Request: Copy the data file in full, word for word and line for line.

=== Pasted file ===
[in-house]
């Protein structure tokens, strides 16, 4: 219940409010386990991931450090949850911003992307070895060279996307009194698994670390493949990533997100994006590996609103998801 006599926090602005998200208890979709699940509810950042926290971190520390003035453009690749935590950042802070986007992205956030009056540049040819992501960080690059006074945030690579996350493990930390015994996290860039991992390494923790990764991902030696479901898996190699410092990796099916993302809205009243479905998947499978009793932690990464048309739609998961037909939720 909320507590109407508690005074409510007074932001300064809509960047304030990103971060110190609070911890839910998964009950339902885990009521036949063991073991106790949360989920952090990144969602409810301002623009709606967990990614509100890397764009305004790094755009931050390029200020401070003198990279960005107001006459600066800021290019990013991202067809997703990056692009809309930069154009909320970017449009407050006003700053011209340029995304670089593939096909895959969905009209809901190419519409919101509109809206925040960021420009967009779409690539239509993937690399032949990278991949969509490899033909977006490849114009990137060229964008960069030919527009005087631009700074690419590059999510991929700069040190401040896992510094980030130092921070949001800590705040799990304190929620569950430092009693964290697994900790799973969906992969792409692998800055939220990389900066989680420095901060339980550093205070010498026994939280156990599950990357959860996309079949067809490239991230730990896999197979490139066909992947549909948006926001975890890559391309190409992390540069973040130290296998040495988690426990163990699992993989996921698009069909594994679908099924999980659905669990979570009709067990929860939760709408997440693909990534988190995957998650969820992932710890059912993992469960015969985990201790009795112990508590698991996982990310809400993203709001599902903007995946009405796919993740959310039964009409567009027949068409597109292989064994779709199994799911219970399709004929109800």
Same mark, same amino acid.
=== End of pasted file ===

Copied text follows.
[in-house]
């Protein structure tokens, strides 16, 4: 219940409010386990991931450090949850911003992307070895060279996307009194698994670390493949990533997100994006590996609103998801 006599926090602005998200208890979709699940509810950042926290971190520390003035453009690749935590950042802070986007992205956030009056540049040819992501960080690059006074945030690579996350493990930390015994996290860039991992390494923790990764991902030696479901898996190699410092990796099916993302809205009243479905998947499978009793932690990464048309739609998961037909939720 909320507590109407508690005074409510007074932001300064809509960047304030990103971060110190609070911890839910998964009950339902885990009521036949063991073991106790949360989920952090990144969602409810301002623009709606967990990614509100890397764009305004790094755009931050390029200020401070003198990279960005107001006459600066800021290019990013991202067809997703990056692009809309930069154009909320970017449009407050006003700053011209340029995304670089593939096909895959969905009209809901190419519409919101509109809206925040960021420009967009779409690539239509993937690399032949990278991949969509490899033909977006490849114009990137060229964008960069030919527009005087631009700074690419590059999510991929700069040190401040896992510094980030130092921070949001800590705040799990304190929620569950430092009693964290697994900790799973969906992969792409692998800055939220990389900066989680420095901060339980550093205070010498026994939280156990599950990357959860996309079949067809490239991230730990896999197979490139066909992947549909948006926001975890890559391309190409992390540069973040130290296998040495988690426990163990699992993989996921698009069909594994679908099924999980659905669990979570009709067990929860939760709408997440693909990534988190995957998650969820992932710890059912993992469960015969985990201790009795112990508590698991996982990310809400993203709001599902903007995946009405796919993740959310039964009409567009027949068409597109292989064994779709199994799911219970399709004929109800």
Same mark, same amino acid.